Survey structure

The survey first gathers data on sociodemographic characteristics of the participants. Number of bedrooms correlates well with income level11 and are often used as proxies of income in government policies and research studies.12

Each participant was then presented with nine hypothetical choice sets (generated using Sawtooth V.9.3.1 software), each consisting of two combinations of programme attributes, and asked to choose the combination they preferred. Participants are given a brief explanation of the various programme features. They will be required to choose only one of the two alternative programme combinations for each choice set. This method of surveying is suggested in order to reduce the cognitive burden on participants, as compared with choosing from all the combinations at one go.13

The study explored eight attributes (online supplementary figure 1). All attributes and their levels were finalised after a comprehensive systematic review, in-depth interview with patients and the final set of attributes were agreed on with clinicians and physiotherapists.9 The attributes were namely new group activities, presence of a support group, availability of exercise equipment, presence of physiotherapist, types of incentives/rewards (cash, sporting equipment or healthy food), presence of monitoring equipment that measure participant vital signs, amount of refundable deposit for a total of 10 sessions and out-of-pocket cost per exercise session.

Quality control of survey

Cognitive interviews were conducted before the start of the surveys. This allowed the survey to be understandable by laypeople and the meaning of the questions understood in a similar way across all interviewees. Participants were presented with seven choice sets in the survey (an example of which is given in online supplementary figure 2), with two additional choice sets for quality control. One of the additional choice sets was for dominance testing (choice set with one combination clearly dominating the other to ensure that participants carefully reviewed the choice sets). The remaining additional choice set was for retesting (repetition of a choice set to assess test–retest reliability).

Statistical analysis

Descriptive statistics were presented in mean (SD) or number (%). To quantify the most popular choice combination, counts were analysed by summating each choice combination by the participants. Repeated combinations were adjusted for by dividing the total counts by the number of times they were repeated in the survey.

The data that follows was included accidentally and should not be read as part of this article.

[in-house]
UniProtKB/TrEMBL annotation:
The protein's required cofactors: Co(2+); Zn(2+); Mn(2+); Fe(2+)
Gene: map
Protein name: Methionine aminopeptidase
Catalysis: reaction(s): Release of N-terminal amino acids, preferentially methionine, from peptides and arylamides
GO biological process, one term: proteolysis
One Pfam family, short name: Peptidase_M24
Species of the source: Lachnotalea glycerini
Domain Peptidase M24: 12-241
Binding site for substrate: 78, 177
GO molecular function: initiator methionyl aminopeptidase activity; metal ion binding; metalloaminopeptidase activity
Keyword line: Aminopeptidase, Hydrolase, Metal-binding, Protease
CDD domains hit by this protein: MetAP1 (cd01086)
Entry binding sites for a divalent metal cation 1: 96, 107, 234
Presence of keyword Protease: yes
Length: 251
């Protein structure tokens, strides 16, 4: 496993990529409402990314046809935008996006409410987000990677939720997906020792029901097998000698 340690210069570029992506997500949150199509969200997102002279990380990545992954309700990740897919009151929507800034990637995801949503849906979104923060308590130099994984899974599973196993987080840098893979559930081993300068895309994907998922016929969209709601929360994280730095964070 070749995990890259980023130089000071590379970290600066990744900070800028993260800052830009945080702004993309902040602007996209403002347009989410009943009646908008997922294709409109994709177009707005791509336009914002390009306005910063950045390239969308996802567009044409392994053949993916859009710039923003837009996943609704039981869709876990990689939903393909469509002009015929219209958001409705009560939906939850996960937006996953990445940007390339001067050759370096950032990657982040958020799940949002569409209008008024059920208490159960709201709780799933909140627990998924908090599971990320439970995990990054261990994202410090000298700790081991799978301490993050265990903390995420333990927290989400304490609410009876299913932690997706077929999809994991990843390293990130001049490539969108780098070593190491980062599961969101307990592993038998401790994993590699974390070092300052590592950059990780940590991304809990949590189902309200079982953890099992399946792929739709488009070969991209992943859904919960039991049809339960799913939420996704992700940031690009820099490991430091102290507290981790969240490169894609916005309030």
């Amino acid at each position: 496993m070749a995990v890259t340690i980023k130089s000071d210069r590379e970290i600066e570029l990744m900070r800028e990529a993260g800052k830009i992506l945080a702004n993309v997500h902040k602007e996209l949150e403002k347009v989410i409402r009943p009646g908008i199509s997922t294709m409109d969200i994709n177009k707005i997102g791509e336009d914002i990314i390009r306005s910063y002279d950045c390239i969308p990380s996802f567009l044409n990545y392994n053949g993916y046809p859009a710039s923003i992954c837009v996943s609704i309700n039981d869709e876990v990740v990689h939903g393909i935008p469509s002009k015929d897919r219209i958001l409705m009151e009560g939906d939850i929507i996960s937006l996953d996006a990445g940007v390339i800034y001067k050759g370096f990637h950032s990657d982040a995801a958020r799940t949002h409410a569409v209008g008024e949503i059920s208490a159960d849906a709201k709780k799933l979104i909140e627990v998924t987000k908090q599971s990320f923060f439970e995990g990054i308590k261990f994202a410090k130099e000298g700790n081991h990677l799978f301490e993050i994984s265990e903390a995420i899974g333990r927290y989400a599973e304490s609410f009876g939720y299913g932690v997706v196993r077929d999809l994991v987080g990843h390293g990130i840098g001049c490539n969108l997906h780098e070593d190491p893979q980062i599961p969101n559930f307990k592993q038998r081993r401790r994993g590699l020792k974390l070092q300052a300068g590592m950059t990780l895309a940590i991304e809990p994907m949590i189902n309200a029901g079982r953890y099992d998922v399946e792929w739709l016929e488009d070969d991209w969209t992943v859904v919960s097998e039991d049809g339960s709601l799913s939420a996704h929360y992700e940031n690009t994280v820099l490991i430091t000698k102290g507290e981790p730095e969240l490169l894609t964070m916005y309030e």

Chi-square test was conducted to assess which of the two combinations was preferred within each choice set with the corresponding P value noted. Following which, logistic regression was performed for the choice combination against the various participant characteristics/demographics in order to understand which characteristic/demographic is associated with the preferred combination. The corresponding OR, 95% CI and P value were presented. P values less than 0.05 were considered statistically significant. All analyses were conducted using STATA SE14.0 for Windows.

Results

Participants

A total of 265 participants out of the 291 approached were recruited and all completed the study (table 1). The mean age was 65.7 (8.8) years, with 161 (60.8%) men. Most participants were married (84.5%) and half (49.9%) received at least secondary school education.

Table 1

Participants’ sociodemographic data

Participants’ preference for the various combinations

The number of participants who preferred each particular combination are listed in table 2. From simple counting, the top three combinations were combinations 8 (198 participants, 98.4%), 5 (192 participants, 90.6%) and 12 (179 participants, 85.2%) before correction, and combinations 12 (179 participants, 85.2%), 1 (174 participants, 82.1%) and 8 (153.5 participants, 72.4%) after correcting for repeats.

Table 2

Counts of various combinations, results of χ2 analysis and univariate logistic regression of combinations against participant characteristics

Patients showed a statistically significant preference in all choice sets except for choice sets 3 (P=1) and 5 (P=0.68). The findings are reported in table 2. Participants prefer combination 1 (82.1%) over 2, 3 (73.5%) over 4, 5 (90.6%) over 7, 8 (93.4%) over 10 and 12 (85.2%) over 11, with P <0.001 for each pair of combination.

Participants’ prioritisation of cardiac rehabilitation attributes by participant characteristics

Choice 7A includes new group activities, support group, cash rewards, many exercise equipment, deposit and out-of-pocket cost, but no physiotherapist presence or monitoring equipment. Comparatively, choice 7B has physiotherapist presence but less exercise equipment. Patients whose houses have more than three bedrooms are less likely to choose choice 7A (OR 0.37; CI 0.17 to 0.80; P=0.011) over choice 7B.

Discussion

This is the first study to explore patients’ preference for different types/combinations of community CR programme. We used a novel method using count analysis of multiple paired choices to establish a preferred programme and the factors associated with it while reducing cognitive burden to CR patients.13